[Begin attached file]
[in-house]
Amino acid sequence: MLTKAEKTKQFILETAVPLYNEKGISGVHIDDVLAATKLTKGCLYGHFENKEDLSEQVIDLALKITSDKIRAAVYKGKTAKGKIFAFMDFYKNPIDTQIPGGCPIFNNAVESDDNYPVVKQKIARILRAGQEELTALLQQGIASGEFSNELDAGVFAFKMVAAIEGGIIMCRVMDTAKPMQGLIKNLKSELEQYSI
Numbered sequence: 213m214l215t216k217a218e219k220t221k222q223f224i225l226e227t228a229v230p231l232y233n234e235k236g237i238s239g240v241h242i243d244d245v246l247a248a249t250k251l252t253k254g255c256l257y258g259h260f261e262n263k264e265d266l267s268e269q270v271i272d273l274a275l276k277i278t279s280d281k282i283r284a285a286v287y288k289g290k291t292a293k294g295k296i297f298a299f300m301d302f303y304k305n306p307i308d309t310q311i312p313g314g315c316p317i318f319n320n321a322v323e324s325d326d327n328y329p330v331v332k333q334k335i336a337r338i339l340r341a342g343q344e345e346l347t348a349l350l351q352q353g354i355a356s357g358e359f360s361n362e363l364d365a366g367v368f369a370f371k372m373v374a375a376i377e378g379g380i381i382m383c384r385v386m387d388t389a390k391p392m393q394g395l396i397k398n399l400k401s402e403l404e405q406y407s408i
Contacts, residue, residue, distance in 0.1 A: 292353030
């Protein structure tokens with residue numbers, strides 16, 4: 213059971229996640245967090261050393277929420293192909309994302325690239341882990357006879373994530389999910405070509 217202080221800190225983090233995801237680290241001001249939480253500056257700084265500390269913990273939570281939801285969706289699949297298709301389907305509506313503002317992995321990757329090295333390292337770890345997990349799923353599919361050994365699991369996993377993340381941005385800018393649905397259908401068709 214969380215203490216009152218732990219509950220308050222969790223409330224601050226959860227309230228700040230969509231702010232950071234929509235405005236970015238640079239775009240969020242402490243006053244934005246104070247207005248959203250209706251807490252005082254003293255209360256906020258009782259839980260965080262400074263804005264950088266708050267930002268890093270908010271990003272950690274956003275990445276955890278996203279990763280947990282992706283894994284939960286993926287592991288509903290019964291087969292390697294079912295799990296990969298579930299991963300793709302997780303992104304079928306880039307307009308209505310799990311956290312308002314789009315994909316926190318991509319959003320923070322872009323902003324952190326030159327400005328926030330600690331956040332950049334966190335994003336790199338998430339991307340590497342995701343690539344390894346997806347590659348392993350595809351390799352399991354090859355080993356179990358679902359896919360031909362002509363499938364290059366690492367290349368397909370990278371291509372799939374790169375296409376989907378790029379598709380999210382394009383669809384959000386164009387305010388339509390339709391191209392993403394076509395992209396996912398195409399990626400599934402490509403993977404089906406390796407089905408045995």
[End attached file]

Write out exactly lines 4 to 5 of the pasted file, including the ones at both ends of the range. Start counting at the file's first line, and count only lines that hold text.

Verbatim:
Contacts, residue, residue, distance in 0.1 A: 292353030
């Protein structure tokens with residue numbers, strides 16, 4: 213059971229996640245967090261050393277929420293192909309994302325690239341882990357006879373994530389999910405070509 217202080221800190225983090233995801237680290241001001249939480253500056257700084265500390269913990273939570281939801285969706289699949297298709301389907305509506313503002317992995321990757329090295333390292337770890345997990349799923353599919361050994365699991369996993377993340381941005385800018393649905397259908401068709 214969380215203490216009152218732990219509950220308050222969790223409330224601050226959860227309230228700040230969509231702010232950071234929509235405005236970015238640079239775009240969020242402490243006053244934005246104070247207005248959203250209706251807490252005082254003293255209360256906020258009782259839980260965080262400074263804005264950088266708050267930002268890093270908010271990003272950690274956003275990445276955890278996203279990763280947990282992706283894994284939960286993926287592991288509903290019964291087969292390697294079912295799990296990969298579930299991963300793709302997780303992104304079928306880039307307009308209505310799990311956290312308002314789009315994909316926190318991509319959003320923070322872009323902003324952190326030159327400005328926030330600690331956040332950049334966190335994003336790199338998430339991307340590497342995701343690539344390894346997806347590659348392993350595809351390799352399991354090859355080993356179990358679902359896919360031909362002509363499938364290059366690492367290349368397909370990278371291509372799939374790169375296409376989907378790029379598709380999210382394009383669809384959000386164009387305010388339509390339709391191209392993403394076509395992209396996912398195409399990626400599934402490509403993977404089906406390796407089905408045995």